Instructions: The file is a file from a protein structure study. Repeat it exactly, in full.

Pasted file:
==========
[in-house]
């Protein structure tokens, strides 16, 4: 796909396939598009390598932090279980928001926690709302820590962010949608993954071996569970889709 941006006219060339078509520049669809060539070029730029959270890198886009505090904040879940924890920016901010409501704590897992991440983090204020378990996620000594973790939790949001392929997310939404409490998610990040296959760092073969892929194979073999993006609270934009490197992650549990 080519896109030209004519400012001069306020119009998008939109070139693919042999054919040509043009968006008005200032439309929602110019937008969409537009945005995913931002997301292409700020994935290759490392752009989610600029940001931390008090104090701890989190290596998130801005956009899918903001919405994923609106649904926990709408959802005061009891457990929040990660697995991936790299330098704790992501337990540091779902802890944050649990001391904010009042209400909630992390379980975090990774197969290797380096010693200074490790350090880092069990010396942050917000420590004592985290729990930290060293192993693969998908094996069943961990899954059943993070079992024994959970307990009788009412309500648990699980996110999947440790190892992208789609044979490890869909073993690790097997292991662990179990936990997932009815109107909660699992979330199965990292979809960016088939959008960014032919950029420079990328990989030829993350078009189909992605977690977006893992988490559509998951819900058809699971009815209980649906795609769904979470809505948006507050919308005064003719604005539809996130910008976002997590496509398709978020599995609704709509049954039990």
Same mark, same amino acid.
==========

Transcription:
[in-house]
């Protein structure tokens, strides 16, 4: 796909396939598009390598932090279980928001926690709302820590962010949608993954071996569970889709 941006006219060339078509520049669809060539070029730029959270890198886009505090904040879940924890920016901010409501704590897992991440983090204020378990996620000594973790939790949001392929997310939404409490998610990040296959760092073969892929194979073999993006609270934009490197992650549990 080519896109030209004519400012001069306020119009998008939109070139693919042999054919040509043009968006008005200032439309929602110019937008969409537009945005995913931002997301292409700020994935290759490392752009989610600029940001931390008090104090701890989190290596998130801005956009899918903001919405994923609106649904926990709408959802005061009891457990929040990660697995991936790299330098704790992501337990540091779902802890944050649990001391904010009042209400909630992390379980975090990774197969290797380096010693200074490790350090880092069990010396942050917000420590004592985290729990930290060293192993693969998908094996069943961990899954059943993070079992024994959970307990009788009412309500648990699980996110999947440790190892992208789609044979490890869909073993690790097997292991662990179990936990997932009815109107909660699992979330199965990292979809960016088939959008960014032919950029420079990328990989030829993350078009189909992605977690977006893992988490559509998951819900058809699971009815209980649906795609769904979470809505948006507050919308005064003719604005539809996130910008976002997590496509398709978020599995609704709509049954039990």
Same mark, same amino acid.